Local police, together with transportation and commercial authorities, raided the offices of the car-hailing app Uber in the southern Chinese metropolis of Guangzhou Thursday night. Authorities suspect Uber employees of organizing illegal taxi services, according to local Chinese media reports.
Investigators visited the office and confiscated phones and other equipment, according to reports in the Guangzhou Daily, which obtained pictures of the raid. Authorities said in a public statement that investigations were still ongoing.
Ride-hailing apps have spread rapidly in China, but they tread on shaky legal ground. In January, Chinese authorities banned apps that connect passengers with private drivers operating “black cabs.” The regulations, however, contained some ambiguity, allowing for “premium” services and even praising some apps as innovative.
— People's Daily,China (@PDChina) May 1, 2015
Uber had hoped to avoid the illegal “black cab” label by never working with private drivers in private cars. In an interview last August, Uber Beijing General Manager Ben Chiang told The WorldPost that the company partners exclusively with rental car companies and professional chauffeurs. At the time, Chiang said this placed Uber safely within Chinese law, while other local competitors frequently used illegal cars and drivers.
Uber representatives reached by local media said operations continued uninterrupted on Friday. Representatives from Uber’s Guangzhou office could not be reached for comment.
Taxi- and car-booking apps have generated friction across China. A series of taxi strikes this past winter were a reaction, in part, to the increased competition from private drivers using ride-hailing apps. Illegal cabs are common throughout China, but an explosion in the use of car-hailing apps has shone a spotlight on the phenomenon.
Since launching in Shanghai in 2013, Uber has expanded to nine Chinese cities. It's been a relatively slow expansion, due to the company's efforts to keep its services both legal and high-quality. That, in turn, has allowed for the rapid spread of domestic competitors, of which many have been dubbed “the Uber of China” and backed by China’s biggest Internet companies.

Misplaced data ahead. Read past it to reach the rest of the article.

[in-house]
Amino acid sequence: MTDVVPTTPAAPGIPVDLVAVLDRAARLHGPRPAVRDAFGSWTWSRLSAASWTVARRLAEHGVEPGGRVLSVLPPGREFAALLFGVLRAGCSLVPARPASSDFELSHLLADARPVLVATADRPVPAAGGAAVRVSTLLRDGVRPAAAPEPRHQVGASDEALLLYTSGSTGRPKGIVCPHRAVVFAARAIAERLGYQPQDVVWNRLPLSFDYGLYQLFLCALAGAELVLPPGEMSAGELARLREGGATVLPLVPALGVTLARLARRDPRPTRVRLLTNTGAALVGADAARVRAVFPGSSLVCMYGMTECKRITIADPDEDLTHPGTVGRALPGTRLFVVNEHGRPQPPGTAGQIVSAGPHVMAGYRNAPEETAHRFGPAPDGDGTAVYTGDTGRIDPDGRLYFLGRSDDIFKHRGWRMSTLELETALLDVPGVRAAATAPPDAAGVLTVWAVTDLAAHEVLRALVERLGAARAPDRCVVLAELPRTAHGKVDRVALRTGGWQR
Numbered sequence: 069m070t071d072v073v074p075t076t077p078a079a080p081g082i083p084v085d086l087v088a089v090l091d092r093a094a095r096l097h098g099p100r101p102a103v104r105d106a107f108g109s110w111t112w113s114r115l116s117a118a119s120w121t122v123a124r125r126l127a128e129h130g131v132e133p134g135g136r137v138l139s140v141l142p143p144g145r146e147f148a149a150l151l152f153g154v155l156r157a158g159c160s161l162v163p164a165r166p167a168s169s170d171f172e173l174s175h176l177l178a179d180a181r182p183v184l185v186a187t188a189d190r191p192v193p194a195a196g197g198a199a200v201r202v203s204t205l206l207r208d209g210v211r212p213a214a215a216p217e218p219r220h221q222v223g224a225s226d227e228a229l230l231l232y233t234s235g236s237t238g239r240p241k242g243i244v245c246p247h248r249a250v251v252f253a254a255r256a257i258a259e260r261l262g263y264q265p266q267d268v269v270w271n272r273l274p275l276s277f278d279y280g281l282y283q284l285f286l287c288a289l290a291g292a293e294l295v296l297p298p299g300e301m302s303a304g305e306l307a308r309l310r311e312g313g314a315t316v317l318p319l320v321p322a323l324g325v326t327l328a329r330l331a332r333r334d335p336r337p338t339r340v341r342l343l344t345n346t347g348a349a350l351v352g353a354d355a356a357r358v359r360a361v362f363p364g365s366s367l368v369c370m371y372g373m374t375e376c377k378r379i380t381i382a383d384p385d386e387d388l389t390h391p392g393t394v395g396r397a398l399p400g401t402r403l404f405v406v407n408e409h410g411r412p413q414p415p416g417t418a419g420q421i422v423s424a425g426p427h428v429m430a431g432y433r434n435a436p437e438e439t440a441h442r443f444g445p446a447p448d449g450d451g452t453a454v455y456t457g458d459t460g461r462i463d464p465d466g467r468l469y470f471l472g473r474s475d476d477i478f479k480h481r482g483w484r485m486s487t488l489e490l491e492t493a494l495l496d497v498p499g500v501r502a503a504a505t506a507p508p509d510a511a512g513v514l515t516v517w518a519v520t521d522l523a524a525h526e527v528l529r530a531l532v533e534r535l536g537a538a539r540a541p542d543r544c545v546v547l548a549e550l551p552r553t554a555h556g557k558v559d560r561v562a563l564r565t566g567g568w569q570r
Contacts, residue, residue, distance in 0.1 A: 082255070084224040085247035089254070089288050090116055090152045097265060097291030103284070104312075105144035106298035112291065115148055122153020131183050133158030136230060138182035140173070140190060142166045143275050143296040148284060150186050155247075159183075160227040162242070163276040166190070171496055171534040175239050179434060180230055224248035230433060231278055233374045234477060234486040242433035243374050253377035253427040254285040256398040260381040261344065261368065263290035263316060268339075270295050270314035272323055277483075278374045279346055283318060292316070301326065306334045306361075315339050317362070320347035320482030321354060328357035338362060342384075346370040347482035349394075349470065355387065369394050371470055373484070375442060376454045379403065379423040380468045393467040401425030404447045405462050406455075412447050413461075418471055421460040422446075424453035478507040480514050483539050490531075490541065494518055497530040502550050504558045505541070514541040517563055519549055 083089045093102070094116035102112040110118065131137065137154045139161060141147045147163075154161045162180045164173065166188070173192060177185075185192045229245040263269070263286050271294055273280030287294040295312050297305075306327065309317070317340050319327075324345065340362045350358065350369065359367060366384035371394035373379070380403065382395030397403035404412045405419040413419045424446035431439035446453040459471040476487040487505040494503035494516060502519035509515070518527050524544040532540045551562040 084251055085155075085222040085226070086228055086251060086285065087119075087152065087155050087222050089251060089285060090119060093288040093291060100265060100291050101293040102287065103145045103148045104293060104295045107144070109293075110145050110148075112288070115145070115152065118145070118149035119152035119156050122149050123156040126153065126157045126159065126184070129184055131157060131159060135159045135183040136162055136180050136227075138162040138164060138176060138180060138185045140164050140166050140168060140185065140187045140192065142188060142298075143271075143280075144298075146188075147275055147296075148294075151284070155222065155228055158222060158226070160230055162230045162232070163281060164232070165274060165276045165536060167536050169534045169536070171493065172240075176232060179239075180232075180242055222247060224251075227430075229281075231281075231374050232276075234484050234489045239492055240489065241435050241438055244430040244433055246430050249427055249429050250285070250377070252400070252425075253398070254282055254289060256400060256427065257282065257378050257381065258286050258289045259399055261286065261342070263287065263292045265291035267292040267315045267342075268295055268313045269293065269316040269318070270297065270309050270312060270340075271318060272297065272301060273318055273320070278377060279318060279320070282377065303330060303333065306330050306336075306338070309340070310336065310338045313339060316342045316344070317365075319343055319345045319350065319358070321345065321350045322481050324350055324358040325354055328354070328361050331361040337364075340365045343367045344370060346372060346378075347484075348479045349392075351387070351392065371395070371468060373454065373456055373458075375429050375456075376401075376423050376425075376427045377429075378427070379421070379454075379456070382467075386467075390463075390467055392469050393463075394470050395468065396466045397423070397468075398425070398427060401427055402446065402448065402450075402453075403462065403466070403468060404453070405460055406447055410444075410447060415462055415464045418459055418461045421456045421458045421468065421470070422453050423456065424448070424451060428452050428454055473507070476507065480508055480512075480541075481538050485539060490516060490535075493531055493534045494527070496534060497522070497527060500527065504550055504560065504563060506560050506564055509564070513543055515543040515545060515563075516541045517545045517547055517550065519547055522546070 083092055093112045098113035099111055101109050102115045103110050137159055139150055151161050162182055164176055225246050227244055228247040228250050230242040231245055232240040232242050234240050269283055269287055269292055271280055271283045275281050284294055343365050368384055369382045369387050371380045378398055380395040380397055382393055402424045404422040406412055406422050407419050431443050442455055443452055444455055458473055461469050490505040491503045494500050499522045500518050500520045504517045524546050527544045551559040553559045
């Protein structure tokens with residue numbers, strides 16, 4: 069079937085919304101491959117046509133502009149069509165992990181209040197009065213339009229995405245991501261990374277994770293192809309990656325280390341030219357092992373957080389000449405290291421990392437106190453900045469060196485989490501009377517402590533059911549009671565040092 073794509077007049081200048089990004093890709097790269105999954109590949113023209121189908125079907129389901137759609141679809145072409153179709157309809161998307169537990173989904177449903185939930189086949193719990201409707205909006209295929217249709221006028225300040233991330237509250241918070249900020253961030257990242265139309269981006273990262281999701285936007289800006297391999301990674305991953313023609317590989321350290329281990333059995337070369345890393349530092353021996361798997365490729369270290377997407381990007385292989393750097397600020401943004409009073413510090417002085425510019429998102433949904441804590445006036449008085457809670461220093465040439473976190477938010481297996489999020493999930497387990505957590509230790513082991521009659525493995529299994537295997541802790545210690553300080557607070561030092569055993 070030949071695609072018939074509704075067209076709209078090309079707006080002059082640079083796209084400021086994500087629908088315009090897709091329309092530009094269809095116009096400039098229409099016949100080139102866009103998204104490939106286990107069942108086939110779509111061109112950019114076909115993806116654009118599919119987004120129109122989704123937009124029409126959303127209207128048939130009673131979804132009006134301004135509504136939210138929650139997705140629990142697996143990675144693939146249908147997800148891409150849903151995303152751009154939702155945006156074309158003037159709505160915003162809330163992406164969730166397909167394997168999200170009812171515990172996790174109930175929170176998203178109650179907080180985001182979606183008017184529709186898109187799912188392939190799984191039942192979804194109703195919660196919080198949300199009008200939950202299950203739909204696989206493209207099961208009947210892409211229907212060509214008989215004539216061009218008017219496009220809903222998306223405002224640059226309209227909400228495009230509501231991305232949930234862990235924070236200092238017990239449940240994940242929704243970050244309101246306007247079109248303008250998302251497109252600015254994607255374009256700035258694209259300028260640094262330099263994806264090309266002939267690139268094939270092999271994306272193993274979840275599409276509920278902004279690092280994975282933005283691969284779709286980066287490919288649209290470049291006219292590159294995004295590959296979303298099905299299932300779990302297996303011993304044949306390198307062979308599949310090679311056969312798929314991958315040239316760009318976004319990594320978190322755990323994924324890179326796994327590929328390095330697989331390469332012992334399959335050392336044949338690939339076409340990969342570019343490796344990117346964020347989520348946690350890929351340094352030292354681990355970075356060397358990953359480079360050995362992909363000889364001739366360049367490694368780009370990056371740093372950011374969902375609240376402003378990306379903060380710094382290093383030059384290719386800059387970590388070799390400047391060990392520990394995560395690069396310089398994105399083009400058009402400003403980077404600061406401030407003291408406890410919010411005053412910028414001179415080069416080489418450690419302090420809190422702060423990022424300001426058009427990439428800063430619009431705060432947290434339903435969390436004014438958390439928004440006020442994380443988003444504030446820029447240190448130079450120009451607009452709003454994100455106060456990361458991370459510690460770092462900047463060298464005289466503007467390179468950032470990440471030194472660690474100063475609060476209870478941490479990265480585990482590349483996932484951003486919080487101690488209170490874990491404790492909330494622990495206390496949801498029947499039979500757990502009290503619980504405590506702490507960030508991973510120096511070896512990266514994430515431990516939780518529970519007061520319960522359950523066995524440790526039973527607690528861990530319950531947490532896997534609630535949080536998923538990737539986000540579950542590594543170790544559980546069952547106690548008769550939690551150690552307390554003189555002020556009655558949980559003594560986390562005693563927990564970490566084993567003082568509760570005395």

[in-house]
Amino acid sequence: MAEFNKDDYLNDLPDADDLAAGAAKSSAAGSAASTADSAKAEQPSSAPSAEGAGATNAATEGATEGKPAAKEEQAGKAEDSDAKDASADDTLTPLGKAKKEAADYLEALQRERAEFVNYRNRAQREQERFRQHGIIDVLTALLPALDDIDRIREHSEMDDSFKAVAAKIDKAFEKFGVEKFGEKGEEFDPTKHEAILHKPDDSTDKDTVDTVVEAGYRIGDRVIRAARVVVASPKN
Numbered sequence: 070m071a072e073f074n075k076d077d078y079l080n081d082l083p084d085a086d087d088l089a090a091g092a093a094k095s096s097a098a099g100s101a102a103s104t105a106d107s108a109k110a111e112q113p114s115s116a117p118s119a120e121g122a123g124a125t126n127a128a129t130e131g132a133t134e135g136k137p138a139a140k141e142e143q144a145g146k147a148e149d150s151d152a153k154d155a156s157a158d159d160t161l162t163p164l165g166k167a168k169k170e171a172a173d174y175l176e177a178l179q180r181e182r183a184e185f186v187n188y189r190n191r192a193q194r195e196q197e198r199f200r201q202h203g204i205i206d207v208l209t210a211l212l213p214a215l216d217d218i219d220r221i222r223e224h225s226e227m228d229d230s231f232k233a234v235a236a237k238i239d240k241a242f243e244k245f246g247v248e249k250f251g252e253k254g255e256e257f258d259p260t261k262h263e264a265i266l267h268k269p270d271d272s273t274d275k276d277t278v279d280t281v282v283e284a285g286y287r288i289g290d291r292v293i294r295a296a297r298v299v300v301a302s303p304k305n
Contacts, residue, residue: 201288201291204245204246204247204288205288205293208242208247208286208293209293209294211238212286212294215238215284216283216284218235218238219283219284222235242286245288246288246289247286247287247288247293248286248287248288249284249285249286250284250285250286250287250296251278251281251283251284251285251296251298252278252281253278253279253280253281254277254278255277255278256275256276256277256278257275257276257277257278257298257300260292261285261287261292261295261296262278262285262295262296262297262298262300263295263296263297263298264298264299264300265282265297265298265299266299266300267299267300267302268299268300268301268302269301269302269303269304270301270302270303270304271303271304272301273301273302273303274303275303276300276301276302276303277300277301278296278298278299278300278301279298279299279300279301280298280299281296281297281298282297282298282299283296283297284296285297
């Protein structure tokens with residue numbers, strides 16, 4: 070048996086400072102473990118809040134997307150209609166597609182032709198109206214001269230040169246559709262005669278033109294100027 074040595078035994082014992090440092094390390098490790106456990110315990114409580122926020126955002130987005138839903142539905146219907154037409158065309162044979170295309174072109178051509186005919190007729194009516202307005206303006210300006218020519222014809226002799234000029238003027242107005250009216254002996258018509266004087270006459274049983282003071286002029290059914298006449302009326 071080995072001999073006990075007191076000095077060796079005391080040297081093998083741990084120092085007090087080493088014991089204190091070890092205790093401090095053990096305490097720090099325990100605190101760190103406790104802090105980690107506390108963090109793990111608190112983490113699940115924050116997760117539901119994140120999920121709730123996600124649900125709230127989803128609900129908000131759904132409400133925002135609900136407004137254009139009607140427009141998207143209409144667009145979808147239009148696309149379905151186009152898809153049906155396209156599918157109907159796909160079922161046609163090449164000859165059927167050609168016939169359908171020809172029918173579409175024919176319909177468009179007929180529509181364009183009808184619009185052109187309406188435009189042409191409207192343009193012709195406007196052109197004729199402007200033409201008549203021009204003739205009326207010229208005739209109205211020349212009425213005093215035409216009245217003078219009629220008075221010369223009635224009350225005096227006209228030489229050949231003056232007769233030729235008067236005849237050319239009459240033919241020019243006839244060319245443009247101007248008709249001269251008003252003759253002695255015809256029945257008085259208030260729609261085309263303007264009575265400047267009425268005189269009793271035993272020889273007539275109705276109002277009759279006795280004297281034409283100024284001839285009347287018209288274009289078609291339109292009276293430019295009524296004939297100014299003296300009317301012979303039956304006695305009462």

Uber has hoped to ease its expansion in China by partnering with the Chinese Internet search giant Baidu.
Even as American tech firms have been having a tough time with Chinese markets and regulators, as recently as Thursday commentators were praising Uber China as a model of successful localization in Chinese markets. Last year, the company answered the Beijing government’s call for greater ride-sharing by introducing “People’s Uber,” a nonprofit service that matches commuters traveling on similar routes. In December, Uber partnered with and received an investment from the Chinese Internet juggernaut Baidu.
Uber first encountered problems in December, when police raided an Uber driver training session in the city of Chongqing. Drivers working for various ride-hailing apps have been stopped and fined, with one potentially precedent-setting case currently working its way through local courts. Chinese taxi companies are often owned by the local government and operate as oligopolies, creating a steep uphill fight for outside competitors.